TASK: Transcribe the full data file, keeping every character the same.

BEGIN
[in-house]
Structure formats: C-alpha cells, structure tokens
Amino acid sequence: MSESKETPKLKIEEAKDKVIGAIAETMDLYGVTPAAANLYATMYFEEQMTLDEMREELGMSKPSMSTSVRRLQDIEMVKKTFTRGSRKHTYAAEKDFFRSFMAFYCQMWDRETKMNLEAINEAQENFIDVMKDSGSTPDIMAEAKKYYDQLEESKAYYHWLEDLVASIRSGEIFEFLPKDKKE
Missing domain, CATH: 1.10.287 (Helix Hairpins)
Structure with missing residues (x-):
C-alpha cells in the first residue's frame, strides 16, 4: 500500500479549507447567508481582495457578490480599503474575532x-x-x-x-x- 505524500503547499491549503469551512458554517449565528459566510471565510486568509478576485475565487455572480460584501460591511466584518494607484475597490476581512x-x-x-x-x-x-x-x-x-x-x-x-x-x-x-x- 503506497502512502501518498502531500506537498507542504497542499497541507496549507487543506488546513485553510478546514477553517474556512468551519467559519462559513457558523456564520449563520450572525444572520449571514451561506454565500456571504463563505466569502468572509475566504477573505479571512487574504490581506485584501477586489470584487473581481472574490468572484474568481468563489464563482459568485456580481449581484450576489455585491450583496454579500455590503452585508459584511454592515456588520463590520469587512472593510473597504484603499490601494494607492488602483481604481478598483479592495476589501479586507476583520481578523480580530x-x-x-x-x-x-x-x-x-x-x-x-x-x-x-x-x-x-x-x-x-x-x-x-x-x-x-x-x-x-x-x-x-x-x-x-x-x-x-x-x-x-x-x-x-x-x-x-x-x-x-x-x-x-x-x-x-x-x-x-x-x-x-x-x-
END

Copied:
[in-house]
Structure formats: C-alpha cells, structure tokens
Amino acid sequence: MSESKETPKLKIEEAKDKVIGAIAETMDLYGVTPAAANLYATMYFEEQMTLDEMREELGMSKPSMSTSVRRLQDIEMVKKTFTRGSRKHTYAAEKDFFRSFMAFYCQMWDRETKMNLEAINEAQENFIDVMKDSGSTPDIMAEAKKYYDQLEESKAYYHWLEDLVASIRSGEIFEFLPKDKKE
Missing domain, CATH: 1.10.287 (Helix Hairpins)
Structure with missing residues (x-):
C-alpha cells in the first residue's frame, strides 16, 4: 500500500479549507447567508481582495457578490480599503474575532x-x-x-x-x- 505524500503547499491549503469551512458554517449565528459566510471565510486568509478576485475565487455572480460584501460591511466584518494607484475597490476581512x-x-x-x-x-x-x-x-x-x-x-x-x-x-x-x- 503506497502512502501518498502531500506537498507542504497542499497541507496549507487543506488546513485553510478546514477553517474556512468551519467559519462559513457558523456564520449563520450572525444572520449571514451561506454565500456571504463563505466569502468572509475566504477573505479571512487574504490581506485584501477586489470584487473581481472574490468572484474568481468563489464563482459568485456580481449581484450576489455585491450583496454579500455590503452585508459584511454592515456588520463590520469587512472593510473597504484603499490601494494607492488602483481604481478598483479592495476589501479586507476583520481578523480580530x-x-x-x-x-x-x-x-x-x-x-x-x-x-x-x-x-x-x-x-x-x-x-x-x-x-x-x-x-x-x-x-x-x-x-x-x-x-x-x-x-x-x-x-x-x-x-x-x-x-x-x-x-x-x-x-x-x-x-x-x-x-x-x-x-